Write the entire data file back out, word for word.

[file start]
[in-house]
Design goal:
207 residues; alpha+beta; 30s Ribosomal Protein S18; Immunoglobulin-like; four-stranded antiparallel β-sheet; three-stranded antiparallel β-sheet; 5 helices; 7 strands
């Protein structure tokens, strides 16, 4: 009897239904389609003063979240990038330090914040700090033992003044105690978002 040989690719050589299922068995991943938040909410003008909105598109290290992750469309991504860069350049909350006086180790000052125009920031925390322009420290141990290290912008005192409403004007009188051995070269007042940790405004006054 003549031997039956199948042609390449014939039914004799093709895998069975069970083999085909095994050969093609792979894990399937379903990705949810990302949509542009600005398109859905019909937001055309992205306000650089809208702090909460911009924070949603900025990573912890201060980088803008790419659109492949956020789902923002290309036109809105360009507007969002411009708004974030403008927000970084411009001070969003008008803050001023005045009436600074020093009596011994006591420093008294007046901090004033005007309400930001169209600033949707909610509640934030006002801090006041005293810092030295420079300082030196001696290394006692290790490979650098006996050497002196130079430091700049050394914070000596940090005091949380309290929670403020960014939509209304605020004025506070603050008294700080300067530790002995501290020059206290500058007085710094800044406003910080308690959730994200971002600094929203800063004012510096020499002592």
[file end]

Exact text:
[in-house]
Design goal:
207 residues; alpha+beta; 30s Ribosomal Protein S18; Immunoglobulin-like; four-stranded antiparallel β-sheet; three-stranded antiparallel β-sheet; 5 helices; 7 strands
């Protein structure tokens, strides 16, 4: 009897239904389609003063979240990038330090914040700090033992003044105690978002 040989690719050589299922068995991943938040909410003008909105598109290290992750469309991504860069350049909350006086180790000052125009920031925390322009420290141990290290912008005192409403004007009188051995070269007042940790405004006054 003549031997039956199948042609390449014939039914004799093709895998069975069970083999085909095994050969093609792979894990399937379903990705949810990302949509542009600005398109859905019909937001055309992205306000650089809208702090909460911009924070949603900025990573912890201060980088803008790419659109492949956020789902923002290309036109809105360009507007969002411009708004974030403008927000970084411009001070969003008008803050001023005045009436600074020093009596011994006591420093008294007046901090004033005007309400930001169209600033949707909610509640934030006002801090006041005293810092030295420079300082030196001696290394006692290790490979650098006996050497002196130079430091700049050394914070000596940090005091949380309290929670403020960014939509209304605020004025506070603050008294700080300067530790002995501290020059206290500058007085710094800044406003910080308690959730994200971002600094929203800063004012510096020499002592």